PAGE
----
Thursday, July 17, 2008

Are women more recession-proof than men?

Oh, to go back to the days when $1.75 for a gallon of gas seemed like a fortune, corn cost half of what it does today (curse you, ethanol!), and the general economy was (or at least seemed to be) tight and toned, with an emerald-tinged hue to its lining.

Now that we're entering the current recession du jour, cheaper gas and groceries are a distant memory, and we're left with a nasty subprime mess, a plummeting dollar and a higher national unemployment rate.

But before you kick off your Jimmy Choos, pull the Cynthia Rowley covers over your head and vow to never get out of bed again -- after all, the way the media makes it sound, the apocalypse is naturally upon us -- here's an interesting fact.

According to a study released in April by the Bureau of Labor Statistics (BLS), women are seemingly more recession-proof than men! All right, maybe those weren't the study's exact words, but they might as well have phrased it that way. Why's that? Well, even though hundreds of thousands of U.S. jobs are gone with the wind from the recessionary cold front crawling across the nation, American gals (20 years and up) have surprisingly gained almost 300,000 jobs since November 2007. American men, on the other hand, have lost 700,000 jobs during the same time period.

The huge discrepancy may be just the ego-booster we need to keep strutting our way through the work day, but a closer look at the results shows it isn't so much an "us versus them" scenario in terms of who has the better work ethic, but more so insight into which industries are getting hit the hardest.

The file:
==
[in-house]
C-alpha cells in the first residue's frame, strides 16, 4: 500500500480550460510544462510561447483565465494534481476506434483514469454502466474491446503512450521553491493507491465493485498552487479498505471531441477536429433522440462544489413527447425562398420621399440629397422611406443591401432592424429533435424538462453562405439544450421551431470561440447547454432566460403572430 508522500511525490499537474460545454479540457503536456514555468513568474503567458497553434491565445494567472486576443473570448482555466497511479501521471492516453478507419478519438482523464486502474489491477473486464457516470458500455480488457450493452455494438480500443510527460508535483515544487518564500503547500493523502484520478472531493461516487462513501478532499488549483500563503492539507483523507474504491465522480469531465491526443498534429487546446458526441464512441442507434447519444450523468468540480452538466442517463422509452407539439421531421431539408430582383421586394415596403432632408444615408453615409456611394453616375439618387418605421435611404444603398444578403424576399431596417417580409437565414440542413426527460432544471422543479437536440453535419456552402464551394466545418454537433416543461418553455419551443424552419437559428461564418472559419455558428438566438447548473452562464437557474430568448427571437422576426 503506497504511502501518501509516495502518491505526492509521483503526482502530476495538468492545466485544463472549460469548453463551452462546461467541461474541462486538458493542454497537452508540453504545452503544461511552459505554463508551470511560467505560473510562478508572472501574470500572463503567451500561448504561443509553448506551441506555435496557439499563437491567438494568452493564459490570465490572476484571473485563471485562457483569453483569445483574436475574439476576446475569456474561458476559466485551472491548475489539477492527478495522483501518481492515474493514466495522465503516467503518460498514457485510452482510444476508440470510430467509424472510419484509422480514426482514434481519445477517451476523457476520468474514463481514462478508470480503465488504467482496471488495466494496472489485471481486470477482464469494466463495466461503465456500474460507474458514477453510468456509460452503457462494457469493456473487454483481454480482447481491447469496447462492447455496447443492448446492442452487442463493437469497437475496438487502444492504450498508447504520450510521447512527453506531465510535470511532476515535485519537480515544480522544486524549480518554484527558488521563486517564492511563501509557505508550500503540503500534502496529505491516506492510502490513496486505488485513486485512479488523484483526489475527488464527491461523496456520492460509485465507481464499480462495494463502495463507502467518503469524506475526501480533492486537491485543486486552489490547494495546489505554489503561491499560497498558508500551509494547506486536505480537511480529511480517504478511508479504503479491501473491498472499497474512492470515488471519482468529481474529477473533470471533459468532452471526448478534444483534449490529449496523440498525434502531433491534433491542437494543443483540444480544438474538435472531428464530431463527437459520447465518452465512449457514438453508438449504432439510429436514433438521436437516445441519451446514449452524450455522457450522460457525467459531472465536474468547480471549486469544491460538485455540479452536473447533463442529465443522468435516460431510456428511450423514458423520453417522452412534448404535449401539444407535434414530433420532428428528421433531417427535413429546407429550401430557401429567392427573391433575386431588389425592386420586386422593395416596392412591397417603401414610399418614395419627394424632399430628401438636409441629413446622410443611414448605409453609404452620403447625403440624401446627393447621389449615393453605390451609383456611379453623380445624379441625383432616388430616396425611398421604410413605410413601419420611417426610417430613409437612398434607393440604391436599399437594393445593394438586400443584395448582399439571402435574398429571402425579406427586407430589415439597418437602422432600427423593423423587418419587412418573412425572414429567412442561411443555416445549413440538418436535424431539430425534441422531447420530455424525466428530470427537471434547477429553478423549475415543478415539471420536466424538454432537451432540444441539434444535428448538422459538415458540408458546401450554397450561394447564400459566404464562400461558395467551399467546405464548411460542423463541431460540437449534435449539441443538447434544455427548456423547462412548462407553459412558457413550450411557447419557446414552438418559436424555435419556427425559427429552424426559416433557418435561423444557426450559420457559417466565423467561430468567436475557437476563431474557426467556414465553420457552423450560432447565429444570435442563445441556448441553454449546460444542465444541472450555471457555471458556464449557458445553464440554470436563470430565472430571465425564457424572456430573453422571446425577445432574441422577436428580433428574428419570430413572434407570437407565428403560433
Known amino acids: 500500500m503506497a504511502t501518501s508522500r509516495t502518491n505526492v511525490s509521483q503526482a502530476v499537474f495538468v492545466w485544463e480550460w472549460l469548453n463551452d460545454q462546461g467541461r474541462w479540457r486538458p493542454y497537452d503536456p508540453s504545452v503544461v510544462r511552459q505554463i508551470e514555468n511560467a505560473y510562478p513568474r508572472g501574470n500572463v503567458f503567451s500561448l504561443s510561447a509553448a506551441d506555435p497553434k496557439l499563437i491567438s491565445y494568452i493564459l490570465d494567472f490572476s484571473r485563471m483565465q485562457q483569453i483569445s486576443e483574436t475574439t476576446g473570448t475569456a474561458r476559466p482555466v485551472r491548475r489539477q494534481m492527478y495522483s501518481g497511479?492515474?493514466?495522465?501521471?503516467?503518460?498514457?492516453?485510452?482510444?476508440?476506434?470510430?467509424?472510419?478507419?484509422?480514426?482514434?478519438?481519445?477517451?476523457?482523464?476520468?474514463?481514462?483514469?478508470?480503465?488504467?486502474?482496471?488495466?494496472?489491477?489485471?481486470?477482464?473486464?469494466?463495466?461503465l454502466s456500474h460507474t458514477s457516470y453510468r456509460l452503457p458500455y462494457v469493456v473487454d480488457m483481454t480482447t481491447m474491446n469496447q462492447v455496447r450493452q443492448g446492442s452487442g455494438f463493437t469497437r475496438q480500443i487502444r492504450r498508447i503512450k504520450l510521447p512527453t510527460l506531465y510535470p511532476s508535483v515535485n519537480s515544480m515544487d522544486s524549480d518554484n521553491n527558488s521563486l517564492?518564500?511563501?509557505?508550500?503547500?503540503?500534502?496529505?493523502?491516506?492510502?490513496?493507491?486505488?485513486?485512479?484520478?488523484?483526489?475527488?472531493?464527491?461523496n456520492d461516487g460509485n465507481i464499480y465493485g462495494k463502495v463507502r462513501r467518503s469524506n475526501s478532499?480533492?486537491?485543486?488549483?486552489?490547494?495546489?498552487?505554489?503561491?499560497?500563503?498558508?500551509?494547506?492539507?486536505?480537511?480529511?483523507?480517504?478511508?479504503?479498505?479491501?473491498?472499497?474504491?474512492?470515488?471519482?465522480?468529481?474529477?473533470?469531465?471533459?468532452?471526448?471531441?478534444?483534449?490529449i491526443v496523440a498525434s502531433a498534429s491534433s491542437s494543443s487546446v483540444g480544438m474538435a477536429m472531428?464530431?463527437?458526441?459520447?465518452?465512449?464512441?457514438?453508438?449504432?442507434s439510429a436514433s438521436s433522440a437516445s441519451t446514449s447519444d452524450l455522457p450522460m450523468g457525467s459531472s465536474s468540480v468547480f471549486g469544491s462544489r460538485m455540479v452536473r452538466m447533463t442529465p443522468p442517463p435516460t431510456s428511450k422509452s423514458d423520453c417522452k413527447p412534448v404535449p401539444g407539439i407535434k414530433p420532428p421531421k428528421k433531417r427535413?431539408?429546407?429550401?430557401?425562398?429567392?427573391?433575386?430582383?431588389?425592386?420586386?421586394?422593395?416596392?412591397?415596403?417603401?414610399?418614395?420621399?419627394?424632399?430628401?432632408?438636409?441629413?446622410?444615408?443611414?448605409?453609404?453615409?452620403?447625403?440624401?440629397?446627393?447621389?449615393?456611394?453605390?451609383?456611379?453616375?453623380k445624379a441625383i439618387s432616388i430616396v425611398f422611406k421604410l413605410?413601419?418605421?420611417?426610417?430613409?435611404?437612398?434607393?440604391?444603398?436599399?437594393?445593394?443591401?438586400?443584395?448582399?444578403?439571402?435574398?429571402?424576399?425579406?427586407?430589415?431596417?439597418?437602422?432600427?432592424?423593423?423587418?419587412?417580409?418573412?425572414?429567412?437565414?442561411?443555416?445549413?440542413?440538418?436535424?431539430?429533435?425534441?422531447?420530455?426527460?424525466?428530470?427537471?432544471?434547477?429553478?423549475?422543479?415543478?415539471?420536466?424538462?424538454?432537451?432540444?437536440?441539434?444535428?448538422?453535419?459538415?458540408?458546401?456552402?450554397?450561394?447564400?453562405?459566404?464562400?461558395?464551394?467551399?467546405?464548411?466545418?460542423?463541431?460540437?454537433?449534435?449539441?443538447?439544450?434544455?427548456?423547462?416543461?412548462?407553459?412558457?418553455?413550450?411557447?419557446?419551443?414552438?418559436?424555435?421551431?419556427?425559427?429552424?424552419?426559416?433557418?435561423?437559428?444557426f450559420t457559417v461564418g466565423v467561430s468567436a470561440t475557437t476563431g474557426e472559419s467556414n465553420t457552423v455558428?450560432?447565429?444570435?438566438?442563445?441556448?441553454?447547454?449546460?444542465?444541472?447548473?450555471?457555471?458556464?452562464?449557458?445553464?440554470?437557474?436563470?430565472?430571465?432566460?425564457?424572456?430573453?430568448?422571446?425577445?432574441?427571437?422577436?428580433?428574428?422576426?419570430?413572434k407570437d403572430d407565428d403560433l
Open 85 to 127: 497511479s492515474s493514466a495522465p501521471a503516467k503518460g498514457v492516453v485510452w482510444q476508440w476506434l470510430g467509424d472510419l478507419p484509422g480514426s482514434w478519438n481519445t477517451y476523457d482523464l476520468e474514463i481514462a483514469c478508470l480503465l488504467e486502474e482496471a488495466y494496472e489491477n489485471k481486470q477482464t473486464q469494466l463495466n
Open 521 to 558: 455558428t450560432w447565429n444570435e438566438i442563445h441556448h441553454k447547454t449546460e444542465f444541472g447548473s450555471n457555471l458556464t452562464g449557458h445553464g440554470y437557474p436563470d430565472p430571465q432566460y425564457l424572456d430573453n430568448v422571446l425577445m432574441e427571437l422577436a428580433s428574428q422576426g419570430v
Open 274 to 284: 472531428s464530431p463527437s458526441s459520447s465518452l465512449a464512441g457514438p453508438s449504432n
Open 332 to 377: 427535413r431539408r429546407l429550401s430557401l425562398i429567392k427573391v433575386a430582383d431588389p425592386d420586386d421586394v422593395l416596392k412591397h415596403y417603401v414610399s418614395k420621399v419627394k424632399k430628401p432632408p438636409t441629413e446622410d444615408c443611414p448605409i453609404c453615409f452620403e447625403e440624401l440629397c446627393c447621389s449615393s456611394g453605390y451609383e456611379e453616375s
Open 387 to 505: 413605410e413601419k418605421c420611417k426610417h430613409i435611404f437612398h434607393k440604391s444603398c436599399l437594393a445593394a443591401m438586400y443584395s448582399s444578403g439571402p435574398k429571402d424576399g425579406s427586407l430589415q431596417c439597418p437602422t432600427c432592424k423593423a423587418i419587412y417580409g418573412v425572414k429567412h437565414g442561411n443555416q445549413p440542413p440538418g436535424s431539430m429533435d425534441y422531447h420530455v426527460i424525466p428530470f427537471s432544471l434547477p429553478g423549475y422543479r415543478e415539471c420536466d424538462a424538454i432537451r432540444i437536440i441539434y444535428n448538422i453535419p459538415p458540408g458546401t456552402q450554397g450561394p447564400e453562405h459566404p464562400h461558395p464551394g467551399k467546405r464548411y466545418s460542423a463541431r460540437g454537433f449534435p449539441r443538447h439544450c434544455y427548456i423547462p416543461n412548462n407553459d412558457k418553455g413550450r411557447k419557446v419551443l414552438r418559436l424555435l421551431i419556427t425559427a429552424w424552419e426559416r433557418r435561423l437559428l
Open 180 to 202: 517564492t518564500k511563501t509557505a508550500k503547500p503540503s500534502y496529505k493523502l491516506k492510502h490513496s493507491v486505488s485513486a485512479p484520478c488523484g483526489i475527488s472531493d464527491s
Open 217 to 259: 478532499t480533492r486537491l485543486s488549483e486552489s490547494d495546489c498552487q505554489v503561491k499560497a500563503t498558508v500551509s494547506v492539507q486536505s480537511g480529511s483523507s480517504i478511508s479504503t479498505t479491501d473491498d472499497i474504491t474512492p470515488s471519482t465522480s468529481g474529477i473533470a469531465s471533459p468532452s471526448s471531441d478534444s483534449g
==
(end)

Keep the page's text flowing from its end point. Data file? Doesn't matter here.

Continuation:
No surprise, construction and manufacturing have been the worst bit by the recession bug, what with the slowdown in the housing market and the increased outsourcing for cheaper manufacturing labor overseas. This is all bad news for men, since the construction workforce is 88% male, while the manufacturing industry is home to a 70% male workforce, according to the BLS. Compare that with the budding recession-proof areas of education and health care, which are composed of 77% women, and you can quickly see why more men bear the brunt of the economic burden than women.

Taking it a step further, the BLS also found that Securities jobs (i.e., stock brokers, hedge fund managers, financial advisors, etc.) consist of 60% men, and along with construction and manufacturing are usually the hardest hit with layoffs when financials start heading south. Government jobs, on the other hand, are predominantly held by women (57%), and haven't felt the rising tide of pink slips like other male-dominated professions.

Although the study found women have outpaced men in terms of quantity of jobs held, the same jobs are seemingly lacking in quality. Apparently median weekly earnings for men grew 4.6% within the last year or so, while it only grew 3.1% for females. Translation: Women's jobs tend to offer lower starting salaries, less upward mobility and fewer raises. Even though the salary gap has been narrowing since the 1980s, survey results indicate it has recently widened again.

Nevertheless, keep striving for those raises, ladies! We deserve them since we're doing our part to hold up the economy during these tumultous times.

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